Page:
In speech communication systems, noise suppressors are commonly used to suppress undesirable environmental background noise. Most noise suppressors operate by estimating the background noise characteristics of the input data signal in one or more frequency bands and subtracting an average of the estimate(s) from the input signal. The estimate of the average background noise is updated during periods of the absence of speech. Noise suppressors require an accurate determination of the background noise level for proper operation. In addition, the level of noise suppression must be properly adjusted based on the speech and noise characteristics of the input signal. These requirements are addressed by the noise suppression system of the present invention.
An exemplary speech processing system 100 in which the present invention may be embodied is illustrated in FIG. 1. System 100 comprises microphone 102, A/D converter 104, speech processor 106, transmitter 110, and antenna 112. Microphone 102 may be located in a cellular telephone together with the other elements illustrated in FIG. 1. Alternatively, microphone 102 may be the hands-free microphone of the vehicle speakerphone option to a cellular communication system. The vehicle speakerphone assembly is sometimes referred to as a carkit. Where microphone 102 is part of a carkit, the noise suppression function is particularly important. Because the hands-free microphone is generally positioned at some distance from the user, the received acoustic signal tends to have a poor speech SNR due to road and wind noise conditions.
Referring still to FIG. 1, the input audio signal, comprising speech and/or background noise, is received by microphone 102. The input audio signal is transformed by microphone 102 into an electro-acoustic signal represented by the term s(t). The electro-acoustic signal may be converted from an analog signal to pulse code modulated (PCM) samples by Analog-to-Digital converter 104. In an exemplary embodiment, PCM samples are output by A/D converter 104 at 64 kbps and are represented by signal s(n) as shown in FIG. 1. Digital signal s(n) is received by speech processor 106, which comprises, among other elements, noise suppressor 108. Noise suppressor 108 suppresses noise in signal s(n) in accordance with the present invention. In a carkit application, noise suppressor 108 determines the level of background environmental noise and adjusts the gain of the signal to mitigate the effects of such environmental noise. In addition to noise suppressor 108, speech processor 106 generally comprises a voice coder, or a vocoder (not shown), which compresses speech by extracting parameters that relate to a model of human speech generation. Speech processor 106 may also comprise an echo canceller (not shown), which eliminates acoustic echo resulting from the feedback between a speaker (not shown) and microphone 102.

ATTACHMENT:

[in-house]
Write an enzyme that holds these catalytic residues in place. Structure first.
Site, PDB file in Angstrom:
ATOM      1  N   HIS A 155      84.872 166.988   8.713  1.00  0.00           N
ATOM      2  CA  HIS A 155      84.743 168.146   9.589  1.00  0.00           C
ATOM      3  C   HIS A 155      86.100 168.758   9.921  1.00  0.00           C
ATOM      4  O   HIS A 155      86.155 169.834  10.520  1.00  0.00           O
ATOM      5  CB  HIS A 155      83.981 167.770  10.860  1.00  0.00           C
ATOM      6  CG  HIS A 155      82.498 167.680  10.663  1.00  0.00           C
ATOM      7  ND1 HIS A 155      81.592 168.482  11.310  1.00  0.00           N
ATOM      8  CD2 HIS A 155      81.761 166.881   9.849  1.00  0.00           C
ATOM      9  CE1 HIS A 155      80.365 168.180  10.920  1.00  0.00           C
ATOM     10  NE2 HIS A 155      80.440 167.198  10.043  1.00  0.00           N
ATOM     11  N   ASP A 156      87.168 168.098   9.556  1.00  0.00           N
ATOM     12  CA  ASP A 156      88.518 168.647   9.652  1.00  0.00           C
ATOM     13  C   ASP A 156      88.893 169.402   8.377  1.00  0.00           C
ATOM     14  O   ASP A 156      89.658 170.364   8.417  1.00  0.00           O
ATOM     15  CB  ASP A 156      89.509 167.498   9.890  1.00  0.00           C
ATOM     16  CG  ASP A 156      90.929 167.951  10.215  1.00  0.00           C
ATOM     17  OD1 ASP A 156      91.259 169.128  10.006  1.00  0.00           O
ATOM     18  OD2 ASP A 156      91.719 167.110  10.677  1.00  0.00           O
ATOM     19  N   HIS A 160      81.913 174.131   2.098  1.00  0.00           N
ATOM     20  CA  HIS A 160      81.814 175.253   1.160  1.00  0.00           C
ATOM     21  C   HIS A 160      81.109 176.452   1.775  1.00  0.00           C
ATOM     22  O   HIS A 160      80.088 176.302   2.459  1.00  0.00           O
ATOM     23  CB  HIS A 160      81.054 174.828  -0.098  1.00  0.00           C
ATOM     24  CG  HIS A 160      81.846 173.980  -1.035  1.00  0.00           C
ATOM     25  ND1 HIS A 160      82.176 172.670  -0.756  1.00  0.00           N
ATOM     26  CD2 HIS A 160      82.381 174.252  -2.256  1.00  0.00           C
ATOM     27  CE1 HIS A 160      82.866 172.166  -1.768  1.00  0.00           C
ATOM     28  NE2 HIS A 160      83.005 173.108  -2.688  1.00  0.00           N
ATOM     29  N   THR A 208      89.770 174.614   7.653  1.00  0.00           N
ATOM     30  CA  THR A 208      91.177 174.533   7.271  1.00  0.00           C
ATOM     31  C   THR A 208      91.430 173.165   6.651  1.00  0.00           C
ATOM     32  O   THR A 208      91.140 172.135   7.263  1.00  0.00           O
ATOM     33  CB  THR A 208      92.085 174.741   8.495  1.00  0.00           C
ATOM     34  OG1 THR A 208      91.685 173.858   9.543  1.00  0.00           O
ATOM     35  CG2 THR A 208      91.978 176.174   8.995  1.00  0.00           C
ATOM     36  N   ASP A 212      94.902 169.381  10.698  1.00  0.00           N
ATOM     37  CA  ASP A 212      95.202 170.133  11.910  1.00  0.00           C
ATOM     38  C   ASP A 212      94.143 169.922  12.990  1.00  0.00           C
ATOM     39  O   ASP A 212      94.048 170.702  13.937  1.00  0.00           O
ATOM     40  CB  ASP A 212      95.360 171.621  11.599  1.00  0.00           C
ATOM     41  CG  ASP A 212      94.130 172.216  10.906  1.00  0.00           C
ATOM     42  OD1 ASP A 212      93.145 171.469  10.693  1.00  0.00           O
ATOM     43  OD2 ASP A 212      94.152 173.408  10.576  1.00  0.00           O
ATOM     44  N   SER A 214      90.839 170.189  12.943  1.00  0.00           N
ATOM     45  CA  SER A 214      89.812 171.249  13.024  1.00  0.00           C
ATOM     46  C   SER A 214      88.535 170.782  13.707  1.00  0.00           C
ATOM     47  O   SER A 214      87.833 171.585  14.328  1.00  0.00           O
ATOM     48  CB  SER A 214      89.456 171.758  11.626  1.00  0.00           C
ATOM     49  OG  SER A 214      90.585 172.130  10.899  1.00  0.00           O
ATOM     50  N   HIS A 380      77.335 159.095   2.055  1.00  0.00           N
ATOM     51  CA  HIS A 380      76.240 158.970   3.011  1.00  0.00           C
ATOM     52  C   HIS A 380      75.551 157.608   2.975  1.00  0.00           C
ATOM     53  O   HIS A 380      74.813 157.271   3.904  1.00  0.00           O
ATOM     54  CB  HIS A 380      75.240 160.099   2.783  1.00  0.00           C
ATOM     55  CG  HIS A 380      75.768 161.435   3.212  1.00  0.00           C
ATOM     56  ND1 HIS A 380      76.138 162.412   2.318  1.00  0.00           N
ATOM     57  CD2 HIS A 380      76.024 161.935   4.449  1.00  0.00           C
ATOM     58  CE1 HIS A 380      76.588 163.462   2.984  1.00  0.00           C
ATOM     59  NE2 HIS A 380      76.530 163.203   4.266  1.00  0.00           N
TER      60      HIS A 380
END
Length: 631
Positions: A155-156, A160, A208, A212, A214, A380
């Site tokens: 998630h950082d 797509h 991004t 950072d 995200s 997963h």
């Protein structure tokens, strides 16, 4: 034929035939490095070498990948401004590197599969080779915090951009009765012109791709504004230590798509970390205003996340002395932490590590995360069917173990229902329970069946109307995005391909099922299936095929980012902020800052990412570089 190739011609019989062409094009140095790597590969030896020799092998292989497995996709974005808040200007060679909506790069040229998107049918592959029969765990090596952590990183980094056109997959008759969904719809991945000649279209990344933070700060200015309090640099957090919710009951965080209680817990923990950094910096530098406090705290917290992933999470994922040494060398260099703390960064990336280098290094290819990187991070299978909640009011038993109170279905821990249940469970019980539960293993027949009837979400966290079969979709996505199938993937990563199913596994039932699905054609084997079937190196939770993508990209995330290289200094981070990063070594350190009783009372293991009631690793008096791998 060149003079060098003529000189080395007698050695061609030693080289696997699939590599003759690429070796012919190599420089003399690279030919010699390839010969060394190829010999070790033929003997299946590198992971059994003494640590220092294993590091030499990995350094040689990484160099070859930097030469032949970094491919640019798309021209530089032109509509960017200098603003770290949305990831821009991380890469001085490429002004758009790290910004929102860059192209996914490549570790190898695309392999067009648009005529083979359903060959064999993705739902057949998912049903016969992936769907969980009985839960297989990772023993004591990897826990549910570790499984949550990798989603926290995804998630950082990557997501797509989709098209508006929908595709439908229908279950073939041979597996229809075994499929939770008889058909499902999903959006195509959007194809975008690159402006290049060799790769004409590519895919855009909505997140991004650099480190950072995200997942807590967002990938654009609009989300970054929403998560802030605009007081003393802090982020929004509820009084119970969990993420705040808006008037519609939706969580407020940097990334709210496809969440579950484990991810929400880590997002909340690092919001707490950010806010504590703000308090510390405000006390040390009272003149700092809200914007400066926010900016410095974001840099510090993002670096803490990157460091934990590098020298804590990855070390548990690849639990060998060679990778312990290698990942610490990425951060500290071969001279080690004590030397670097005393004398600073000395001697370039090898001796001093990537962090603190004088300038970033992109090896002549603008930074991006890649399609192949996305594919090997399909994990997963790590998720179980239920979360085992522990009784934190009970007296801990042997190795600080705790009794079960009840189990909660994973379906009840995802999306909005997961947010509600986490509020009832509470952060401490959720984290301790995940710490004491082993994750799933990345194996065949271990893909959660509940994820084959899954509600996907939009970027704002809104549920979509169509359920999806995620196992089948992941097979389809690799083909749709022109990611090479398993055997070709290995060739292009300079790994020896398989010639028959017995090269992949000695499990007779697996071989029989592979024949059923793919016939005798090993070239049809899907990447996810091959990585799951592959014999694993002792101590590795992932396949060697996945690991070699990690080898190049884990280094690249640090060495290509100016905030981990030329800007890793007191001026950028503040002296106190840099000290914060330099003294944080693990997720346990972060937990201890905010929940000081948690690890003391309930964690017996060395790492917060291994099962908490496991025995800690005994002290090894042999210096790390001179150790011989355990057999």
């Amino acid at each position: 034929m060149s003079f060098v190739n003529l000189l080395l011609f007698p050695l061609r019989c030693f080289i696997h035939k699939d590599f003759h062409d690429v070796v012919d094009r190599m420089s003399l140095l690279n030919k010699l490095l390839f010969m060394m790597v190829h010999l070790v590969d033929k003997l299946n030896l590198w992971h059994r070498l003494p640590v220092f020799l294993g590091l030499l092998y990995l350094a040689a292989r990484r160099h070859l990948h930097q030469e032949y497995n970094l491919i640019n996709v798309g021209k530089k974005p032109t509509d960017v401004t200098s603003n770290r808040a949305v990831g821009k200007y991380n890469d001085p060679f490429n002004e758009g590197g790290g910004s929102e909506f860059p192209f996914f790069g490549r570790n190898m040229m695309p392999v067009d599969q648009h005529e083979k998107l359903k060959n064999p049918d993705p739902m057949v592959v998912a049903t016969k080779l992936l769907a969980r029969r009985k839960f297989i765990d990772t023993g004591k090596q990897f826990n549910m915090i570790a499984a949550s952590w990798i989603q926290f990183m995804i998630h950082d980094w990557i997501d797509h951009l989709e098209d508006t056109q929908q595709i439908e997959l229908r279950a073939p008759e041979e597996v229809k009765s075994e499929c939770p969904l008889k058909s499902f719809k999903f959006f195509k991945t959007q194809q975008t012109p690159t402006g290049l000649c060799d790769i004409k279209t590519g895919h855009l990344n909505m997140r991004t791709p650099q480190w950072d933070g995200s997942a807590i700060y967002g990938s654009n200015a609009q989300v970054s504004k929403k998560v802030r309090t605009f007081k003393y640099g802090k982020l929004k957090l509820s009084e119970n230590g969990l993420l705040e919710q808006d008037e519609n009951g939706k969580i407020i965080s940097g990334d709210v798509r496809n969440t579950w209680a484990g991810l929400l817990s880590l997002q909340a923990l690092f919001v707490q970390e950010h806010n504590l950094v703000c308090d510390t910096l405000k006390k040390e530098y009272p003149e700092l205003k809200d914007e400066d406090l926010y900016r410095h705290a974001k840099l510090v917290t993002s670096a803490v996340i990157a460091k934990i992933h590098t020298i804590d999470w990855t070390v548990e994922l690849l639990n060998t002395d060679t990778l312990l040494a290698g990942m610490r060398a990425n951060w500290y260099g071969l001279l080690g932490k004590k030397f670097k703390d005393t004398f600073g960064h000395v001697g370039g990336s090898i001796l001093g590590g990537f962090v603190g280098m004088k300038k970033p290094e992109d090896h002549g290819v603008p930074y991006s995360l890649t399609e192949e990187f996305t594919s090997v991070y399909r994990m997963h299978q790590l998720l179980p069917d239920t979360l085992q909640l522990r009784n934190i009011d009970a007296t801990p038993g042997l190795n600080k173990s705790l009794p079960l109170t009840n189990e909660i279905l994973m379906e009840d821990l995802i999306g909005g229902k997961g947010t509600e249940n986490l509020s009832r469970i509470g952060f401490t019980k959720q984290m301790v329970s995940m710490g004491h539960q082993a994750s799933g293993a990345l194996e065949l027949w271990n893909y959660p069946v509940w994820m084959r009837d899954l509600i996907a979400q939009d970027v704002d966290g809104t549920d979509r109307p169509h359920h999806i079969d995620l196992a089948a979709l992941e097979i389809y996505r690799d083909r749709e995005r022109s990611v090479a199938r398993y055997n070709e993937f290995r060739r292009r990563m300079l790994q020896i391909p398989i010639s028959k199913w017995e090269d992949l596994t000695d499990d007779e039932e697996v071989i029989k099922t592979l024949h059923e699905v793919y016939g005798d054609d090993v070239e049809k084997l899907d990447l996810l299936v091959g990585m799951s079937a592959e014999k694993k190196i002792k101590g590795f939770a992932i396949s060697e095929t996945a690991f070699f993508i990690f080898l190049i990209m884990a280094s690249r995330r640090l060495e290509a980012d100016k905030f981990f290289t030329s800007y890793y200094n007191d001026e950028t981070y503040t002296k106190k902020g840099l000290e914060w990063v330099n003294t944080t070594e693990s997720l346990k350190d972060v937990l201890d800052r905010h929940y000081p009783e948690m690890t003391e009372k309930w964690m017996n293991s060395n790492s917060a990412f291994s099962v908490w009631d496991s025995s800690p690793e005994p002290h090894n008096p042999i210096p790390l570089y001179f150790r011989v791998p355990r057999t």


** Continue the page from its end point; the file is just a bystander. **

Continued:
Following processing by speech processor 106, the signal is provided to transmitter 110, which performs modulation in accordance with a predetermined format such as Code Division Multiple Access (CDMA), Time Division Multiple Access (TDMA), or Frequency Division Multiple Access (FDMA). In the exemplary embodiment, transmitter 110 modulates the signal in accordance with a CDMA modulation format as described in U.S. Pat. No. 4,901,307, entitled "SPREAD SPECTRUM MULTIPLE ACCESS COMMUNICATION SYSTEM USING SATELLITE OR TERRESTRIAL REPEATERS," which is assigned to the assignee of the present invention and incorporated by reference herein. Transmitter 110 then upconverts and amplifies the modulated signal, and the modulated signal is transmitted through antenna 112.
It should be recognized that noise suppressor 108 may be embodied in speech processing systems that are not identical to system 100 of FIG. 1. For example, noise suppressor 108 may be utilized within an electronic mail application having a voice mail option. For such an application, transmitter 110 and antenna 112 of FIG. 1 will not be necessary. Instead, the noise suppressed signal will be formatted by speech processor 106 for transmission through the electronic mail network.
An exemplary embodiment of noise suppressor 108 is illustrated in FIG. 2. The input audio signal is received by preprocessor 202, as shown in FIG. 2. Preprocessor 202 prepares the input signal for noise suppression by performing preemphasis and frame generation. Preemphasis redistributes the power spectral density of the speech signal by emphasizing the high frequency speech components of the signal. Essentially performing a high pass filtering function, preemphasis emphasizes the important speech components to enhance the SNR of these components in the frequency domain. Preprocessor 202 may also generate frames from the samples of the input signal. In a preferred embodiment, 10 ms frames of 80 samples/frame are generated. The frames may have overlapped samples for better processing accuracy. The frames may be generated by windowing and zero padding of the samples of the input signal. The preprocessed signal is presented to transform element 204. In a preferred embodiment, transform element 204 generates a 128 point Fast Fourier Transform (FFT) for each frame of input signal. It should be understood, however, that alternative schemes may be used to analyze the frequency components of the input signal.